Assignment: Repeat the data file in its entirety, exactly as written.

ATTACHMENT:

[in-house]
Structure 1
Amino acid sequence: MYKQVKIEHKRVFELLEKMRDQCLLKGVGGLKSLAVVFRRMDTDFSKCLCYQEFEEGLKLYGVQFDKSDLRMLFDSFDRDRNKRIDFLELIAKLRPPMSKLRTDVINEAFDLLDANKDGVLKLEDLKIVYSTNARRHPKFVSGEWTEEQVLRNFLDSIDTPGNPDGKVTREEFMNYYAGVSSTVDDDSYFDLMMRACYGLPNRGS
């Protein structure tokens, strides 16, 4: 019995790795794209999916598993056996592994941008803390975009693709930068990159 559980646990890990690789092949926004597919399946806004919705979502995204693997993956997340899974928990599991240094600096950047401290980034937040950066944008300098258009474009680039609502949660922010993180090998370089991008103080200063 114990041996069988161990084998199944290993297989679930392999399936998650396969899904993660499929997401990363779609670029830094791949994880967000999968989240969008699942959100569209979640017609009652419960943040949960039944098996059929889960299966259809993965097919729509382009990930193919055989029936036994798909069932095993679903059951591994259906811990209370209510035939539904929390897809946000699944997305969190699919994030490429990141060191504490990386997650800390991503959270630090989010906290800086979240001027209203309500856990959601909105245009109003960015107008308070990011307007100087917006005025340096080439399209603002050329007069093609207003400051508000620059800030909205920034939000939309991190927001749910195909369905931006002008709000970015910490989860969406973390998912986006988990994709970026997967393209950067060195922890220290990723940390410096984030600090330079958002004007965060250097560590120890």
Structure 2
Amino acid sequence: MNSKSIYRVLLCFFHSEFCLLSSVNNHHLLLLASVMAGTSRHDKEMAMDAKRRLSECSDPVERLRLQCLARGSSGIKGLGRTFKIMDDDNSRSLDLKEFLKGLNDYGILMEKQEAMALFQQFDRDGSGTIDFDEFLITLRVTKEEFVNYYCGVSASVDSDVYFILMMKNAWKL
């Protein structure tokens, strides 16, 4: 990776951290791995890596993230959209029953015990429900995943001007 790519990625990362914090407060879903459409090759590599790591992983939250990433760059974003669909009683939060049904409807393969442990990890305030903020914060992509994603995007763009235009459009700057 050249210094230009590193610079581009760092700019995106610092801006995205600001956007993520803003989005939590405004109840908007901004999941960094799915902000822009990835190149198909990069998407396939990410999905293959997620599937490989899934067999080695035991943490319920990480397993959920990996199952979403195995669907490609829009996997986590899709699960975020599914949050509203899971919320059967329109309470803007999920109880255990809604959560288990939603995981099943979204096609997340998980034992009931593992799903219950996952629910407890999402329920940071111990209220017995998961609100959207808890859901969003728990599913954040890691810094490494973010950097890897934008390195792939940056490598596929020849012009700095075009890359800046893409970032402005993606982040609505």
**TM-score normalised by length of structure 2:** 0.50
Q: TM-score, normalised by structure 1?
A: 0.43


[in-house]
Structure 1
Amino acid sequence: MYKQVKIEHKRVFELLEKMRDQCLLKGVGGLKSLAVVFRRMDTDFSKCLCYQEFEEGLKLYGVQFDKSDLRMLFDSFDRDRNKRIDFLELIAKLRPPMSKLRTDVINEAFDLLDANKDGVLKLEDLKIVYSTNARRHPKFVSGEWTEEQVLRNFLDSIDTPGNPDGKVTREEFMNYYAGVSSTVDDDSYFDLMMRACYGLPNRGS
């Protein structure tokens, strides 16, 4: 019995790795794209999916598993056996592994941008803390975009693709930068990159 559980646990890990690789092949926004597919399946806004919705979502995204693997993956997340899974928990599991240094600096950047401290980034937040950066944008300098258009474009680039609502949660922010993180090998370089991008103080200063 114990041996069988161990084998199944290993297989679930392999399936998650396969899904993660499929997401990363779609670029830094791949994880967000999968989240969008699942959100569209979640017609009652419960943040949960039944098996059929889960299966259809993965097919729509382009990930193919055989029936036994798909069932095993679903059951591994259906811990209370209510035939539904929390897809946000699944997305969190699919994030490429990141060191504490990386997650800390991503959270630090989010906290800086979240001027209203309500856990959601909105245009109003960015107008308070990011307007100087917006005025340096080439399209603002050329007069093609207003400051508000620059800030909205920034939000939309991190927001749910195909369905931006002008709000970015910490989860969406973390998912986006988990994709970026997967393209950067060195922890220290990723940390410096984030600090330079958002004007965060250097560590120890």
Structure 2
Amino acid sequence: MNSKSIYRVLLCFFHSEFCLLSSVNNHHLLLLASVMAGTSRHDKEMAMDAKRRLSECSDPVERLRLQCLARGSSGIKGLGRTFKIMDDDNSRSLDLKEFLKGLNDYGILMEKQEAMALFQQFDRDGSGTIDFDEFLITLRVTKEEFVNYYCGVSASVDSDVYFILMMKNAWKL
């Protein structure tokens, strides 16, 4: 990776951290791995890596993230959209029953015990429900995943001007 790519990625990362914090407060879903459409090759590599790591992983939250990433760059974003669909009683939060049904409807393969442990990890305030903020914060992509994603995007763009235009459009700057 050249210094230009590193610079581009760092700019995106610092801006995205600001956007993520803003989005939590405004109840908007901004999941960094799915902000822009990835190149198909990069998407396939990410999905293959997620599937490989899934067999080695035991943490319920990480397993959920990996199952979403195995669907490609829009996997986590899709699960975020599914949050509203899971919320059967329109309470803007999920109880255990809604959560288990939603995981099943979204096609997340998980034992009931593992799903219950996952629910407890999402329920940071111990209220017995998961609100959207808890859901969003728990599913954040890691810094490494973010950097890897934008390195792939940056490598596929020849012009700095075009890359800046893409970032402005993606982040609505």
**TM-score normalised by length of structure 2:** 0.50
Q: TM-score, normalised by structure 1?
A: 0.43